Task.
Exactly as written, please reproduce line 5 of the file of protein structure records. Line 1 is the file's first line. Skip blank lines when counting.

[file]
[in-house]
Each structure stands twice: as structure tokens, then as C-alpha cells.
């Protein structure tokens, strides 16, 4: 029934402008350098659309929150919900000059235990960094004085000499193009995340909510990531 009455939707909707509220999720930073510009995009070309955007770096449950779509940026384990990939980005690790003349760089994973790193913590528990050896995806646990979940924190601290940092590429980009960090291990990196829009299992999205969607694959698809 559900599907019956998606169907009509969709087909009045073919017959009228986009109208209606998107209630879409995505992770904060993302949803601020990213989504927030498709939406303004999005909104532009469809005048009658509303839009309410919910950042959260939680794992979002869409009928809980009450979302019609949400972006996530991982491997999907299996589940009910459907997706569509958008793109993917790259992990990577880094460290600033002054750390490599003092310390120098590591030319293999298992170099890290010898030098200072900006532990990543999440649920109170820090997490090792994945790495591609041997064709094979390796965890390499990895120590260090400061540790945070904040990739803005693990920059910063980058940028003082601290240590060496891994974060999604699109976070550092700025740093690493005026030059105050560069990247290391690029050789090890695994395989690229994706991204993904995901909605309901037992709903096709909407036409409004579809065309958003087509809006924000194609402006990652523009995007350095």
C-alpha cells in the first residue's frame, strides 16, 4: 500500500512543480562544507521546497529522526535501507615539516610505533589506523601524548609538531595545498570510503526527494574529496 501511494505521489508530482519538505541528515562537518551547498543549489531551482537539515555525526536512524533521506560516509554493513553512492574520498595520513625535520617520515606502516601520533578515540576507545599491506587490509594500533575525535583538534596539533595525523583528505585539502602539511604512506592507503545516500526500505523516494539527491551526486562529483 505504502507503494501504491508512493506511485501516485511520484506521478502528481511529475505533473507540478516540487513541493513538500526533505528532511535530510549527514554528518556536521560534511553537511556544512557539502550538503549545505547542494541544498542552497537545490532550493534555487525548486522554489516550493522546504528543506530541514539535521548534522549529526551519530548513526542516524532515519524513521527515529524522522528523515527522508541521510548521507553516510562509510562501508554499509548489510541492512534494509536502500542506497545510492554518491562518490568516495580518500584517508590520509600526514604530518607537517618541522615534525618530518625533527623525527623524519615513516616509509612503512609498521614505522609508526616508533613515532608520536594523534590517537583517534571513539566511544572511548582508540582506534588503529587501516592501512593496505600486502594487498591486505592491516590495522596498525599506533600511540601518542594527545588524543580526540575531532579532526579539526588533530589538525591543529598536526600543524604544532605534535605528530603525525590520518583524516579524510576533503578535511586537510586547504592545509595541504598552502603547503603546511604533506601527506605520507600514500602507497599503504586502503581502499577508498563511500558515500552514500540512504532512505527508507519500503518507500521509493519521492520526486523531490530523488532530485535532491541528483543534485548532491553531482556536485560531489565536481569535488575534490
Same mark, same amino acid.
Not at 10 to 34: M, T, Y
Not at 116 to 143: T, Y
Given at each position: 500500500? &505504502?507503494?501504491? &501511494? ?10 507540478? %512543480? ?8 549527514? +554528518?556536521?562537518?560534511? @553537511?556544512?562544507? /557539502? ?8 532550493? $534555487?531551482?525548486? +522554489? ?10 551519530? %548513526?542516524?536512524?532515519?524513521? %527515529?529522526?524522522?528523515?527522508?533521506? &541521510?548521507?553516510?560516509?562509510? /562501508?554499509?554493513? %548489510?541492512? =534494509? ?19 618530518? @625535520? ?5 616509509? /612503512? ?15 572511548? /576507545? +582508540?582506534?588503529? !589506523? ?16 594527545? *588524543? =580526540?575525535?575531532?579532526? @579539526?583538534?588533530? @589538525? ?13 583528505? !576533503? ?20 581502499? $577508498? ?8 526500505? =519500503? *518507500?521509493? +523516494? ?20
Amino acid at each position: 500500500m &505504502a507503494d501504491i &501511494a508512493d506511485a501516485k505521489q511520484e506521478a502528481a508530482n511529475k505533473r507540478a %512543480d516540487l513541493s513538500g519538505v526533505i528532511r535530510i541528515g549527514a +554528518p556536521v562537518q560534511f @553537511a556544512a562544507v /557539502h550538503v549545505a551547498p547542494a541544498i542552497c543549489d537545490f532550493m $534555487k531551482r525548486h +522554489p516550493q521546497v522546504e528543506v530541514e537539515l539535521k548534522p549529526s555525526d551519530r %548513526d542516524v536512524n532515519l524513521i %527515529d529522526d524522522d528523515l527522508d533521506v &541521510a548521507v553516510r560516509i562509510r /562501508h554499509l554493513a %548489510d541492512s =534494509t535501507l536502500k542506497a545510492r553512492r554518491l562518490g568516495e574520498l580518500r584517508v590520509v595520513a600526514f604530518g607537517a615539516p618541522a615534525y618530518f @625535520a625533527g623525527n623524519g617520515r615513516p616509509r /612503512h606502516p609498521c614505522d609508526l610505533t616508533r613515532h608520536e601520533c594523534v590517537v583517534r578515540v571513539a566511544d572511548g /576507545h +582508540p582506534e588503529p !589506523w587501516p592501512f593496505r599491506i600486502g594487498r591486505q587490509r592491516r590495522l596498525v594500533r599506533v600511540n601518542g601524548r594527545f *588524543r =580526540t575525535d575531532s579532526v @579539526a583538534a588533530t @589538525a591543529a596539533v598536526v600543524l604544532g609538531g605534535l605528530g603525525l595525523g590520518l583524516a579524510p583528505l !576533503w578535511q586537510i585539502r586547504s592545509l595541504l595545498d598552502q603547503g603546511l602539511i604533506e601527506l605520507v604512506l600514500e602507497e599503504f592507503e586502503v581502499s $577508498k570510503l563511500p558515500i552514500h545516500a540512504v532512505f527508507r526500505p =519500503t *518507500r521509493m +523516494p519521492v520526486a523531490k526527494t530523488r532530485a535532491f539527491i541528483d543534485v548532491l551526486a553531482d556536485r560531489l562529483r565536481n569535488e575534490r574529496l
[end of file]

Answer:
Same mark, same amino acid.